Elo’s first book was well received, and her second thriller lives up to expectations. It’s an entertaining, if sometimes grim, trip into the unknown territory of Siberia. It portrays the gulags of Russia past and present ... If the plot sometimes borders on the fantastic, the descriptions of the people and places ring true. The author is adamant in her Notes at the end that she is well aware some of the spy story is written to move the action along ... Readers can relax and enjoy a fast-moving romp through the shadows of Siberia in Finding Katarina M., learning about an area of the world that is strange, enticing, and also forbidding. As an introduction to a world that is part of the huge nation of Russia, the book lives up to the one of the book’s epigraphs, a quotation from Czar Peter the Great: 'Russia is the land where things that don’t happen, happen.'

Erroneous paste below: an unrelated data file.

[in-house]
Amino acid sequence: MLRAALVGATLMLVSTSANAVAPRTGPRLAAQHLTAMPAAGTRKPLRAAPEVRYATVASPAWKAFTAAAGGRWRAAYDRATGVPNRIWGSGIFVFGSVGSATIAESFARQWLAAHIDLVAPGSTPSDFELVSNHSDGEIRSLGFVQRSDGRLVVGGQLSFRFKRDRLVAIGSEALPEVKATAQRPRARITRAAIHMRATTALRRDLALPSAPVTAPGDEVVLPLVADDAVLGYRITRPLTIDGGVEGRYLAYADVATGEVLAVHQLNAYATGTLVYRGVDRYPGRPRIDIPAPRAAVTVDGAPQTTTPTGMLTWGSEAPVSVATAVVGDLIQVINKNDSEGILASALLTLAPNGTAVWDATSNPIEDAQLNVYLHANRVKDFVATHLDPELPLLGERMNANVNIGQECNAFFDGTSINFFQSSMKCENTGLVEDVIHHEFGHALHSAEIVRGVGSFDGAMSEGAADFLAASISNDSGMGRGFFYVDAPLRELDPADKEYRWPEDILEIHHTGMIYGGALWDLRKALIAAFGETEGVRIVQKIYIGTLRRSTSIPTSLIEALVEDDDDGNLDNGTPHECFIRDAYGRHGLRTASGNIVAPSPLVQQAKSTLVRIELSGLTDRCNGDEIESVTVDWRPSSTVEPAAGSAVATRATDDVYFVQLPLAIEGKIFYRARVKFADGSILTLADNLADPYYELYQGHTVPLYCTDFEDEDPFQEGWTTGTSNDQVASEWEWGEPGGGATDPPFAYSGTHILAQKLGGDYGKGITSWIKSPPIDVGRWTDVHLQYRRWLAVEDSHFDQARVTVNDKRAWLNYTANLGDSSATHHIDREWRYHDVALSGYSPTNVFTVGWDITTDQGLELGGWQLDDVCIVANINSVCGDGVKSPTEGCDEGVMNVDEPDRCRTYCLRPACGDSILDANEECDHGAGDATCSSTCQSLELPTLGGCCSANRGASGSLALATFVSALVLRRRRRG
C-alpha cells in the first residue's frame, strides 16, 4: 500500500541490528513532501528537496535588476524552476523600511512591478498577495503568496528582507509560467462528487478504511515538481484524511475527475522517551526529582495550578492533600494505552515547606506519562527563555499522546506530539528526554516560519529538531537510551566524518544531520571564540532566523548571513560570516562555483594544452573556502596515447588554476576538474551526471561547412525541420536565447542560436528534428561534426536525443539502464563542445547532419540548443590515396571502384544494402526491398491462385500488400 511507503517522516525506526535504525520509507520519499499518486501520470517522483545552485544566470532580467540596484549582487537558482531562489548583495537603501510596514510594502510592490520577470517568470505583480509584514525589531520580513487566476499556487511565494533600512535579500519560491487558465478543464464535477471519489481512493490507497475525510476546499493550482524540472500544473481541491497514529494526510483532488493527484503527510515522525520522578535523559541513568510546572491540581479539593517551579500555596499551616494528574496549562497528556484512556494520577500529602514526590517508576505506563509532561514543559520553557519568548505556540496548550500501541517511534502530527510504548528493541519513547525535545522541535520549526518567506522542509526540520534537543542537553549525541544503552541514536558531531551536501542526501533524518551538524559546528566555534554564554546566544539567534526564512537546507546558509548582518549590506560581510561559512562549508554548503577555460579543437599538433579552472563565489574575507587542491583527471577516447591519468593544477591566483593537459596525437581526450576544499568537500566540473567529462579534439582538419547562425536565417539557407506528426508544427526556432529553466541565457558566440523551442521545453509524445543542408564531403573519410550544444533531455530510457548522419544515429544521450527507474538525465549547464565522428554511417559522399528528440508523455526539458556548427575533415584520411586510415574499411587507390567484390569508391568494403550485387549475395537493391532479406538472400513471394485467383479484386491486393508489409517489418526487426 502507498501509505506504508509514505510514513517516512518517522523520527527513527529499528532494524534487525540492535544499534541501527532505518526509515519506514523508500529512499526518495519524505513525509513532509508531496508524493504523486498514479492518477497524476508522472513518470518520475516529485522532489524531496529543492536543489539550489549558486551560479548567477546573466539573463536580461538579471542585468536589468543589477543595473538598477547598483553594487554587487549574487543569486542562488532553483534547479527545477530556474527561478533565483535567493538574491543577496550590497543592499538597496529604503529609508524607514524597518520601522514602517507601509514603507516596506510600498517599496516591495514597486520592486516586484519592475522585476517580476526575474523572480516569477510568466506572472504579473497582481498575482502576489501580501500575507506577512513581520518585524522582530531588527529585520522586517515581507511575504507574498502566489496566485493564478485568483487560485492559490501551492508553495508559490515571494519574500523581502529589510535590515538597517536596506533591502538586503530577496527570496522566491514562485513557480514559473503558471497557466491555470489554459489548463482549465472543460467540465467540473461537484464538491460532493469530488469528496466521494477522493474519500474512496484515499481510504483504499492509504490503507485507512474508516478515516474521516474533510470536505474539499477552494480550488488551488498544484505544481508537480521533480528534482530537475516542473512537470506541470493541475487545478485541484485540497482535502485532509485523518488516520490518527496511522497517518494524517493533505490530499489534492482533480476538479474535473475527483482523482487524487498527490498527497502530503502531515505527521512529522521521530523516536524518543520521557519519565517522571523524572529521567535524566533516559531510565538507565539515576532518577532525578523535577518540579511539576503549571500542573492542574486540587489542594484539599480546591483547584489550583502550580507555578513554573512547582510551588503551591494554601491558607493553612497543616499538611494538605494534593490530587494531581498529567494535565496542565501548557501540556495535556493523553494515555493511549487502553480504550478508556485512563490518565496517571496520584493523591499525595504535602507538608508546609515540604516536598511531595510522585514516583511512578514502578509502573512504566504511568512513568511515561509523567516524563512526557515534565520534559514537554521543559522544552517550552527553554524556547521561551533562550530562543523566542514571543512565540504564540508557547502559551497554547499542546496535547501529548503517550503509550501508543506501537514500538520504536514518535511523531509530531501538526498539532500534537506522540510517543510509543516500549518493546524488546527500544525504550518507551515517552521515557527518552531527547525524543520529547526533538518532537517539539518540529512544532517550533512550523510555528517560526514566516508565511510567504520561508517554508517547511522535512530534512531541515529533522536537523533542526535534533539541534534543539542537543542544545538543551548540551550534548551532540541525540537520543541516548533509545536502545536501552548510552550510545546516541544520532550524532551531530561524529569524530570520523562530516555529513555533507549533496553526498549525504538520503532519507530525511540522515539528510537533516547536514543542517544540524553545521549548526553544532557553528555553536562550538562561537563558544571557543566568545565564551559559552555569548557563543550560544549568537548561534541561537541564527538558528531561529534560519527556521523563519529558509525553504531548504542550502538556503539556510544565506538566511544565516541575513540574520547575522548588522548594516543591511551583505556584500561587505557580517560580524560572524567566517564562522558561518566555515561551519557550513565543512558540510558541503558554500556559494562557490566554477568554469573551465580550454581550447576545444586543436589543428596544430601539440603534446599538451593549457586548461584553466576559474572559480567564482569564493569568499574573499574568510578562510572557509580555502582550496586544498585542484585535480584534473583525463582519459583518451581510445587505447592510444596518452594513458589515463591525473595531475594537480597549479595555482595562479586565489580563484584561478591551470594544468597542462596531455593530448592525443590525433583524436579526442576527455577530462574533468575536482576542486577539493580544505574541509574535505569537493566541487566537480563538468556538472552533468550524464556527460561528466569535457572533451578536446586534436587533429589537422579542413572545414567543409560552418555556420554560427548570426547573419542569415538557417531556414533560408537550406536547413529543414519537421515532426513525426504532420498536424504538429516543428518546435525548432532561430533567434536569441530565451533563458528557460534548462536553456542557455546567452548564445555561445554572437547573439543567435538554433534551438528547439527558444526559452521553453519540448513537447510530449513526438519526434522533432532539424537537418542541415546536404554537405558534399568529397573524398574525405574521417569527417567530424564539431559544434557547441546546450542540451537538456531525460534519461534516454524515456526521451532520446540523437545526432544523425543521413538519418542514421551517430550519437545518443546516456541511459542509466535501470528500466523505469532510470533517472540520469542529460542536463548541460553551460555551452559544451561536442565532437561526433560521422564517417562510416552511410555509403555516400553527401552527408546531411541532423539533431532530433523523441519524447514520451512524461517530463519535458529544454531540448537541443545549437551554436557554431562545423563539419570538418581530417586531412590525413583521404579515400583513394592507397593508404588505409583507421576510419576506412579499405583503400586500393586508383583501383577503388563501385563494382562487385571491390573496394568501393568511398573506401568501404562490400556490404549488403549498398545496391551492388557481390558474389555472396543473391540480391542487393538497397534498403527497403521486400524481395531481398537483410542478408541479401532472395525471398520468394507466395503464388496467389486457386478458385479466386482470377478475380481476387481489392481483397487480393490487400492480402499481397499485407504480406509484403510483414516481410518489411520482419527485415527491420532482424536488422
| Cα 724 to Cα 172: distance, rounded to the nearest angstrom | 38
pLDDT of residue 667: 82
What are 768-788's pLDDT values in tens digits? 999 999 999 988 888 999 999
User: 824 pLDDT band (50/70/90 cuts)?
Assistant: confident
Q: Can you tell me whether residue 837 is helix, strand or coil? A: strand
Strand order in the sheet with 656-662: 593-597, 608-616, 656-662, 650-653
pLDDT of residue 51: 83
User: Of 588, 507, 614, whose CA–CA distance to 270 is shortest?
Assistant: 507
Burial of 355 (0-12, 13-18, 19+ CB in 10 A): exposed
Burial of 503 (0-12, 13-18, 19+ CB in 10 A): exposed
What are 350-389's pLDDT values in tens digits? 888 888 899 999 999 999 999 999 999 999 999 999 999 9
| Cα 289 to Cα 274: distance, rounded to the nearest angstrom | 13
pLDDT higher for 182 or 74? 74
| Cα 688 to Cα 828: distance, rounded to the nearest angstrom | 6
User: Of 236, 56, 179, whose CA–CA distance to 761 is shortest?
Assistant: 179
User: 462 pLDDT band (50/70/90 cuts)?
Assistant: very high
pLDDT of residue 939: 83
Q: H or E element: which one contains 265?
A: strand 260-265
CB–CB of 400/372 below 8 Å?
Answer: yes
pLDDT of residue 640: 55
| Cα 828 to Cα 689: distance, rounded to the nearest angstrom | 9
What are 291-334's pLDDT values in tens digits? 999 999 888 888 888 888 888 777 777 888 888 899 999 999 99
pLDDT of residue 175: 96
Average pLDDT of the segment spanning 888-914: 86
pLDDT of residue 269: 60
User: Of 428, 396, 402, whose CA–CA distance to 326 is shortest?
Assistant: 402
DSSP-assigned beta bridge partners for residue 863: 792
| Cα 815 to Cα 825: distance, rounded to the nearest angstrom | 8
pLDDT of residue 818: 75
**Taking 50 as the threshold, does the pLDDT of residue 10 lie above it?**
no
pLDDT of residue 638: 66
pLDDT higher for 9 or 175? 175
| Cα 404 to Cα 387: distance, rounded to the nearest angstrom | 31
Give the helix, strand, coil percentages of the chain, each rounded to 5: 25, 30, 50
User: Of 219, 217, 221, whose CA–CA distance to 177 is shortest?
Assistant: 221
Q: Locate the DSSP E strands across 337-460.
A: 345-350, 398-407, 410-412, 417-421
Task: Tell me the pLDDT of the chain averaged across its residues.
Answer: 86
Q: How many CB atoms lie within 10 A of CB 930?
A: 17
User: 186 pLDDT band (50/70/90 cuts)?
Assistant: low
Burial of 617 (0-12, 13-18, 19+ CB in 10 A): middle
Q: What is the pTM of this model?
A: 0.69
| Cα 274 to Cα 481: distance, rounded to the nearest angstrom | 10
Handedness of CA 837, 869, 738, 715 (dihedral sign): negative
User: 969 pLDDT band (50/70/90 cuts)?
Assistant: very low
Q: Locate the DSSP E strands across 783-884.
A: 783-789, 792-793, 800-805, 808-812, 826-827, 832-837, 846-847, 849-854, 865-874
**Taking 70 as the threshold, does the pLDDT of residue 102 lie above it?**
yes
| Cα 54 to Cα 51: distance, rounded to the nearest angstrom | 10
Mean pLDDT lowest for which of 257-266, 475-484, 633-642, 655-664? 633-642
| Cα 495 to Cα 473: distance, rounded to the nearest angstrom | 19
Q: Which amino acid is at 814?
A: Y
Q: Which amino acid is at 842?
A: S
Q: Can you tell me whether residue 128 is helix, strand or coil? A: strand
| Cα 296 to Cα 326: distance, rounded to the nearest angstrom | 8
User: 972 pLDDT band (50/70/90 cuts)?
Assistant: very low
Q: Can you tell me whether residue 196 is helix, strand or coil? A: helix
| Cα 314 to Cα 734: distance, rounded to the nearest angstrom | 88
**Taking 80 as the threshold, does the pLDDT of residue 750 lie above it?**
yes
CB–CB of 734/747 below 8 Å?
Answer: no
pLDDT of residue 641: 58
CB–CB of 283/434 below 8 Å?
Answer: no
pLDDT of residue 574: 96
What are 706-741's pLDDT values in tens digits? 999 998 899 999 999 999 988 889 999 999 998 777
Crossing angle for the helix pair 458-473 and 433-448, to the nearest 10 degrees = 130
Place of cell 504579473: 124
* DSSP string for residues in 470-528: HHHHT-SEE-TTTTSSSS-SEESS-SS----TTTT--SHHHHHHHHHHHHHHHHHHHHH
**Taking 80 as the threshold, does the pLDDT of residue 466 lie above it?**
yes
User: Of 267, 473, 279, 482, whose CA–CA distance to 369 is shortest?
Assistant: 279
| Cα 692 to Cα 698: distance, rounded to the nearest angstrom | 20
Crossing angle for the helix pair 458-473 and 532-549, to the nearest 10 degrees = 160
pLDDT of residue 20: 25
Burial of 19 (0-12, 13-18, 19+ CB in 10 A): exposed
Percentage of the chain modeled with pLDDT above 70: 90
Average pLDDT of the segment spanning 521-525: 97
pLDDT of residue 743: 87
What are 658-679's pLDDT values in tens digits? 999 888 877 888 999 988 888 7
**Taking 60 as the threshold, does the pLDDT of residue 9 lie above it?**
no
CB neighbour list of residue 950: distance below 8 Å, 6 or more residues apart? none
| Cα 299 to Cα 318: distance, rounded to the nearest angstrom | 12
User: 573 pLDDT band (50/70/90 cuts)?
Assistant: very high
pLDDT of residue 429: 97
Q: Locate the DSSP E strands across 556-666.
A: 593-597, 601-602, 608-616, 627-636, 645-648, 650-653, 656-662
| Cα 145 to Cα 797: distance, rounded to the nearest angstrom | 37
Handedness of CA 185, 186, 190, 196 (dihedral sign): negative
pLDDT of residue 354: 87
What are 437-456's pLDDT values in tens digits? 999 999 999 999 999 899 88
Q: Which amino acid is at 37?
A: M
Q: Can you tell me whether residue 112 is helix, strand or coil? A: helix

The geographic and personal odyssey portrayed in this detailed and, at times, heart-stopping saga takes readers from a rational, cozy U.S. existence to a Siberian hut, with the personal transformations just as startling. While the novel is somewhat topical, it can be recommended long after the current Russian government’s machinations leave the headlines; try it with fans of Paullina Simons and of Orange Is the New Black.
Much of what ensues strains credulity, though some of her adventures are in themselves quite rewarding and some of the descriptions of Siberia, excellently written. Natalie grows, takes chances, even learns to use bad language, but the accumulated disasters and escapes cost others dearly, and Natalie's burgeoning self-awareness seems cheap ... Some thrills, some chills, but tepid overall.